Imagine a company that operates in the traditionally stable consumer staples sector, throws off industry-beating free cash flow, and trades at a substantial discount to competitors. Sounds worth a look, right? Well, Fools, welcome to the world of small-cap niche player Prestige Brands (NYSE:PBH).

An unusual strategy
Never heard of Prestige? That's fine, because you likely are familiar with its over-the-counter, household, and personal care brands, which include Chloraseptic, Compound W, Comet, and Cutex. Similar to Church & Dwight (NYSE:CHD) -- a name that's frequently won my praise -- Prestige has built up its portfolio partly by acquiring brands that large-cap competitors consider more of a distraction than an asset. And with less big-name competition tromping around in its product categories, the company's marketing and innovations efforts have the potential to score big.

Building up under-loved brands in niche markets, however, is not the only strategy that distinguishes Prestige. Unlike peers, the company outsources the cash-intensive manufacturing, warehousing, and distribution of its products. It's a practical approach: At just more than $300 million in annual revenue, Prestige would struggle to attain scale-driven efficiencies as an operator of factories, trucks, and other clunky thingamajigs that rust, break, and otherwise devour cash.

You don't have to take my word for it, though. For the company's recently completed quarter -- and most of its quarters -- virtually all operating cash flow becomes free cash flow! Furthermore, when it comes to cash operating margin and free cash flow as a percentage of sales, Prestige wallops heavyweights Colgate-Palmolive (NYSE:CL), Procter & Gamble (NYSE:PG), Clorox (NYSE:CLX), and even my consumer-staples favorite, Church & Dwight. A long-lived tax asset does help boost those metrics, but minuscule capital expenditures play their ample role.

Mr. Market's Cinderella?
OK, if this is all so great, why do Prestige shares trade at a price-to-free cash multiple of 5.4 against, say, P&G's 26.9? One word: Debt. Lots of it.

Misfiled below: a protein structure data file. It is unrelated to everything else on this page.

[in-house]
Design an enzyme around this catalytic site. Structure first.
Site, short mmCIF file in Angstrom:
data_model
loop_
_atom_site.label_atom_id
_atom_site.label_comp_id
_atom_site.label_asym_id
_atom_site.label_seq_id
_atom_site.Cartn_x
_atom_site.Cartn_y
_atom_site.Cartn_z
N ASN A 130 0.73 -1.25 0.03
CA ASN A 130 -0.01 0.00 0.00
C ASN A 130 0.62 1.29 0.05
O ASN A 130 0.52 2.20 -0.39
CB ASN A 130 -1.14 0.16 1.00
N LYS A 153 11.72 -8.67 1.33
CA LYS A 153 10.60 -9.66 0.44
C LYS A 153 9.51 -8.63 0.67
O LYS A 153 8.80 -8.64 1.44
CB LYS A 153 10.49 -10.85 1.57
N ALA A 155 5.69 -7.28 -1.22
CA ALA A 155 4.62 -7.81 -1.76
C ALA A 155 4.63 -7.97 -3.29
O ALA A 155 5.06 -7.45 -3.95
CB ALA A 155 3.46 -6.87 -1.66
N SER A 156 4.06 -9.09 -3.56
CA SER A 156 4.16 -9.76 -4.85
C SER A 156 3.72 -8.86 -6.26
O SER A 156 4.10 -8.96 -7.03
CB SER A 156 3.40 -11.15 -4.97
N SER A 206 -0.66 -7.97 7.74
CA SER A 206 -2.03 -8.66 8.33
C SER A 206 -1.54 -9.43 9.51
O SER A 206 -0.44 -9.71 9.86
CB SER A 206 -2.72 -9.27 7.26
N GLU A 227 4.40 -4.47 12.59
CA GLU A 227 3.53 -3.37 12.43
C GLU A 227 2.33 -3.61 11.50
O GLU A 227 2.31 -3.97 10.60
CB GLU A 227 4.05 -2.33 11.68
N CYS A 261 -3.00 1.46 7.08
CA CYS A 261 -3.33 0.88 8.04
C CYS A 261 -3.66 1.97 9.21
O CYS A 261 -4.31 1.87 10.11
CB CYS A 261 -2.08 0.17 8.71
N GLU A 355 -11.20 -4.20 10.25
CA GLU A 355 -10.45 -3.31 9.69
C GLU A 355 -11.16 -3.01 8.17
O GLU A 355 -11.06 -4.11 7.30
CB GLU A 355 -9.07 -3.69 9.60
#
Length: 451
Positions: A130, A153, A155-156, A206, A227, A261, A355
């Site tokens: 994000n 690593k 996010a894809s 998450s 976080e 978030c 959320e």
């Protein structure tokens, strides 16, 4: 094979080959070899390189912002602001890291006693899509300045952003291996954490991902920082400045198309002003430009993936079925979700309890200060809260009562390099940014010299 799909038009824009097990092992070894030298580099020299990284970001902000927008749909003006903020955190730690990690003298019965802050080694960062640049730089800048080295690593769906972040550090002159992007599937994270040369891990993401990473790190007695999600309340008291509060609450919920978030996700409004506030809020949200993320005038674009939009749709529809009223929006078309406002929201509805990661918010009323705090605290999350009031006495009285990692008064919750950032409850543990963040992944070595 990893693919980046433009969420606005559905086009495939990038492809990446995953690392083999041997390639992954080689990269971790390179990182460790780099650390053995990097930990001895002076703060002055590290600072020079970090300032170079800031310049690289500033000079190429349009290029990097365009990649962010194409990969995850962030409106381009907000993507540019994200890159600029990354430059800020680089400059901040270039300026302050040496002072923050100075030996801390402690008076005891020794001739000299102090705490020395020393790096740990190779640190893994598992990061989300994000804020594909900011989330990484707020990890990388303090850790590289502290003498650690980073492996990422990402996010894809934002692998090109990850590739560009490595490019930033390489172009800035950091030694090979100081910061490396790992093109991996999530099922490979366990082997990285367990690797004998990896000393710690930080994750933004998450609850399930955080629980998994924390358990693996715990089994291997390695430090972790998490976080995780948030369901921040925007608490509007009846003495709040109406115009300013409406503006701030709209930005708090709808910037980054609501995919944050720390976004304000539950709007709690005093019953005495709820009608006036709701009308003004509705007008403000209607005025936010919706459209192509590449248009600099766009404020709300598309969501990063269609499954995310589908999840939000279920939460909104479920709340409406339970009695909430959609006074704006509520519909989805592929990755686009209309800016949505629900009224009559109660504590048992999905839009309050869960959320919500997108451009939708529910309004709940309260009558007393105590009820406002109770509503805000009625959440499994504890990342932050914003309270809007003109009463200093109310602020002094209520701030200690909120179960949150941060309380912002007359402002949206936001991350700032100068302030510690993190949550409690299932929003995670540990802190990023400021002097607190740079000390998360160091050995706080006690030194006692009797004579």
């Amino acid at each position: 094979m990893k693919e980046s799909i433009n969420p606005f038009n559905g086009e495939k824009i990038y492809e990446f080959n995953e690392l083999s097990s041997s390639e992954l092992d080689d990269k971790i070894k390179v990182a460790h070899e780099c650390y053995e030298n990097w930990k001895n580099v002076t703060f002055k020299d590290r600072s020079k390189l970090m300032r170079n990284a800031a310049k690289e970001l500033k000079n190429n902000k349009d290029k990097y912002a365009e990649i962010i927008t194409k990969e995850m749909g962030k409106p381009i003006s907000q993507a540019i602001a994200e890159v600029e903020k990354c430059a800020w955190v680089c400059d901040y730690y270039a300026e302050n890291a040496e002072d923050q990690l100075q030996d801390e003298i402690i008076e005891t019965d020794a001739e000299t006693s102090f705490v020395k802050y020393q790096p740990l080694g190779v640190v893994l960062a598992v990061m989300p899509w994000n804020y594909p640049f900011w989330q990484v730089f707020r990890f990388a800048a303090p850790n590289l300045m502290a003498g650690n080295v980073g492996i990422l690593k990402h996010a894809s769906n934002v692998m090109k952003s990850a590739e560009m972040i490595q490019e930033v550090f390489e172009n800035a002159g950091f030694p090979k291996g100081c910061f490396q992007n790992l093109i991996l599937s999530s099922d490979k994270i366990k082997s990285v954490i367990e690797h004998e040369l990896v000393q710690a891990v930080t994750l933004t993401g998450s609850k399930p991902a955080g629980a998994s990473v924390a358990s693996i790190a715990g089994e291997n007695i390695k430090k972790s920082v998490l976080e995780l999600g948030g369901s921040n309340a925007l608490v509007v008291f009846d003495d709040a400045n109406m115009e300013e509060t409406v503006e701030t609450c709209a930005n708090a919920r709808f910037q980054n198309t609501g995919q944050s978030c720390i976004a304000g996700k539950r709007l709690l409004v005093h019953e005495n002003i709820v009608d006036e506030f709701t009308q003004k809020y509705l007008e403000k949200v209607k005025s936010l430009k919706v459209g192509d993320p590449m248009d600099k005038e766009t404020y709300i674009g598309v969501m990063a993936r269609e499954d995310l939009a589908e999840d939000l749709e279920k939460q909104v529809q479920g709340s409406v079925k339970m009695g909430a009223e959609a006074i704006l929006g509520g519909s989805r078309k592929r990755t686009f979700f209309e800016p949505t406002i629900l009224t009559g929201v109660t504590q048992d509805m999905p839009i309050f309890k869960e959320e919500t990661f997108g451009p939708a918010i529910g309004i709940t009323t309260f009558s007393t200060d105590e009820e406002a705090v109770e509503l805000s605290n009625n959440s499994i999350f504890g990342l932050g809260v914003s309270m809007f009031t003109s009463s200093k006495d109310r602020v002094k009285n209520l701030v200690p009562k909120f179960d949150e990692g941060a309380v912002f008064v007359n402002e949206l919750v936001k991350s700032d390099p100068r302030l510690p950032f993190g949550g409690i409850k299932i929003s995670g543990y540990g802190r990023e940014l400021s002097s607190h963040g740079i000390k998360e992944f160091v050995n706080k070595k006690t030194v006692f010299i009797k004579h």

Traditionally, investors value free cash flow because it represents a company's ability to increase shareholder value through acquisitions, dividends, and stock buybacks. But in Prestige's case, it may need substantially all of its free cash to pay down roughly $360 million in debt, all of which matures in the next five years. Sure, refinancing is a possibility, but in this environment, who knows on what terms, if at all?

Now that we've got Prestige's warts out in the open, should you run screaming for the nearest tube of Compound W, or actually consider buying shares? I say the latter. First, even if Prestige is unable to refinance its debt, free cash should be able to cover the upcoming maturities, although with little margin for error.

Second, I don't think it will come to that. Prestige has strong brands and good distribution across multiple channels, including CVS Caremark (NYSE:CVS) and Family Dollar Stores (NYSE:FDO). Also, management is realigning the sales model and making a stronger push into the Canadian market, both of which should lift future results. Ultimately, as the balance sheet improves, Prestige's access to the credit markets will broaden.

Most importantly, the market may decide that Prestige's current-year P/E of 9.6 is, well, unfairly non-prestigious. Instead, a multiple in the low teens -- closer to where peers trade -- would reflect company improvements, and mean a nice gain for investors who get in now.

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Clorox and Procter & Gamble are Motley Fool Income Investor selections. The Fool owns shares of Procter & Gamble. Try any of our Foolish newsletter services free for 30 days.

Fool contributor Mike Pienciak owns shares of Church & Dwight, but holds no position in any other company mentioned in this article. The Fool has a disclosure policy.